[Question #4150] Urethritis : Mycoplasma, NCNGU, other ?

32 months ago

Hello, I am a gay man, 30, dealing with urethritis for 6 weeks now.

I'm with a guy for 3 months now, we have unprotected sex (both neg for reg std). I had sex with another guy, 2 months ago, with whom I had protected anal sex (I was bottom) and unprotected oral sex (both ways). I immediately started to experience tremendous guilt and genital focused anxiety. 2-3 weeks later, I started feeling discomfort in my penis tip/urethra and had obvious clear and cloudy discharges. My BF and I got both azithro/cefixime to cover gono/chlam, but all tests came back negative. My symptoms persist, so I tested for mycoplasma/ureaplasma (urethral swab), which came back negative.


I had 10 days of doxy. Symptoms left. 12 days after treatment ended, symptoms reoccurred. I then asked for both urethral swab and urine test for myco/urea. The second swab came back negative. Still waiting for the urine result. I am very scared about Mycoplasma, so I have been taking moxyfloxacin for 7 days now. Symptoms are gone, but I am terrified they will come back again. My BF never experienced any symptoms, 2 months after my encounter with the other guy.


Questions :

1- How is oral sex likely to transmit Mycoplasma ? And rubbing ?

2- Do Mycoplasma and other NCNGU usually clear on their own ? 

3- Is it safe to keep having sex with my BF and could he be more likely the source (rectal) ?

4- Even though discharges were not very present when the doctor made the 2 swab cultures, are sample results still sensitive and reliable?

5- If it's not Gono, Chlam, Myco or Urea, what could it be ? CPPS ? (very anxious here). And what treatments left ?

 

Thanks !

H. Hunter Handsfield, MD
H. Hunter Handsfield, MD
32 months ago
Welcome to the forum. Thanks for your question.

I'm afraid I'm not going to be able to answer these questions with the precision you would like. There has been almost no research on NGU in men who have sex with men (MSM).

First, you likely had NGU, at least when symptoms first appeared, based on the cloudy discharge. However, even that isn't certain, since you don't mention a finding of increased white blood cells in your urethra, which is just as important in making the diagnosis as abnormal discharge is. Second, But we do know that it's pretty common in anyone having insertive anal sex, including sex with regular partners. Some (most?) such cases are due to entirely normal fecal/rectal bacteria, like E. coli. Second, 2-3 weeks is a long time for onset of symptoms; NGU generally starts within 7-10 days, and it can be just a day or two for E. coli and similar bacteria. For these reasons, it is just as likely -- perhaps even more likely -- that your apparent NGU was from sex with your own partner and had nothing to do with the other contact a couple of months ago (as you suggest yourself in question 3). Third, oral sex can result in NGU, and probably can also be acquired from a regular, healthy partner with whom one has regular sexual contact. Some of these probably are due to entirely normal oral bacteria, and other cases may not be due to infection at all, but to some other inflammatory mechanism in relation to exposure to oral bacteria. (This is an area of active research, although entirely -- so far -- in straight men and their female partners.)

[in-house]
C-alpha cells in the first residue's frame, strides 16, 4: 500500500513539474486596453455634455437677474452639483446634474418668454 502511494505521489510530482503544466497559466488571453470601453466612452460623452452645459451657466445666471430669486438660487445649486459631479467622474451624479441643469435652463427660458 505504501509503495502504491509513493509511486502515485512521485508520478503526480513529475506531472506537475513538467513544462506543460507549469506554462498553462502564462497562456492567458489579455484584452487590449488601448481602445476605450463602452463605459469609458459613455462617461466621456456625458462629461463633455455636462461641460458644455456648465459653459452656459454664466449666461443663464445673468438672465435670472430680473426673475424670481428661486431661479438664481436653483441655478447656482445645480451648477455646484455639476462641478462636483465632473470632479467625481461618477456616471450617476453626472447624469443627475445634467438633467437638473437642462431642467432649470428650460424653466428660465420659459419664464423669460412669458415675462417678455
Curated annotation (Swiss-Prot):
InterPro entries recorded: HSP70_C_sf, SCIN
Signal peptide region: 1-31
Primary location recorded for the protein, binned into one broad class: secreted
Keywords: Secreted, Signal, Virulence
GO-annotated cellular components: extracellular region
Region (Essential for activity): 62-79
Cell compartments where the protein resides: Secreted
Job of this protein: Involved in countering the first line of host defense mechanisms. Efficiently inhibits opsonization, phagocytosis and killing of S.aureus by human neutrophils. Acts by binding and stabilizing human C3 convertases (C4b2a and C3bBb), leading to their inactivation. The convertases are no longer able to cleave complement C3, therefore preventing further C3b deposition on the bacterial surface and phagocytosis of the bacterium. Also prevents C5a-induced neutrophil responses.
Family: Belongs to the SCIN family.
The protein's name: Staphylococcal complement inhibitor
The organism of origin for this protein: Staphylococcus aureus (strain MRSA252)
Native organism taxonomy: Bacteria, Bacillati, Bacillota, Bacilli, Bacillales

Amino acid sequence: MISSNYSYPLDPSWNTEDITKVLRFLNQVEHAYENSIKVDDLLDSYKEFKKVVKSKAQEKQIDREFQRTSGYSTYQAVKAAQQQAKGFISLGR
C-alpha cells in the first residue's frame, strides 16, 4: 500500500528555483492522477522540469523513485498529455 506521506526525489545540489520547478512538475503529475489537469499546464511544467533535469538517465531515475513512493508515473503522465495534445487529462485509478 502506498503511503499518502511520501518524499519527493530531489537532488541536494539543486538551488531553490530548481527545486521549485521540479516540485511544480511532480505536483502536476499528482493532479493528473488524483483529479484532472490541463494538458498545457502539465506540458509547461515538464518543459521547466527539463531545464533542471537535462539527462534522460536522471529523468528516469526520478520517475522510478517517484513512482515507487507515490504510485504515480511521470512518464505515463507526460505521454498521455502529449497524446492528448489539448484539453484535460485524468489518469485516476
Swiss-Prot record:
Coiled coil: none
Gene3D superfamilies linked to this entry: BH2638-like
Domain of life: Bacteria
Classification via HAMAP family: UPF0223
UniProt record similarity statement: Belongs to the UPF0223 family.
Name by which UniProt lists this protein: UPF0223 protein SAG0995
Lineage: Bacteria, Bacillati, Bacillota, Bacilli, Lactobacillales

Exactly what "ongoing symptoms" do you have? If only urinary discomfort, urgency, etc -- i.e. without visible discharge -- it is likely you no longer have any infection at all. Failure of antibiotics to resolve symptoms, especially the specific drugs you received, generally is NOT evidence of a resistant infection, but rather evidence that no infection at all is responsible for the symptoms. So I'm not at all certain that either you or your partner should receive any more antibiotics.

"Mycoplasma" is a general term for a group of bacteria, and includes the ureaplasmas. Of the several types, only one, Mycoplasma genitalium, causes NGU, accounting for 10-15% of cases. It can be carried in the rectum and acquired by rectal sex. However, it is not known to be at all harmful in the rectum or in the partners of MSM with NGU caused by it. And no complications are known in men with urethral M. genitalium infection. So being "very scared" about it isn't really justified. It's may be harmless in this situation (although difficult to be certain in absence of research on this in MSM).

Now to your specific questions, as best I can answer them:

1) No mycoplasmas, including M gen, are carried in the oral cavity, at least not in women and probably not in MSM. Therefore, oral sex is not a risk for it.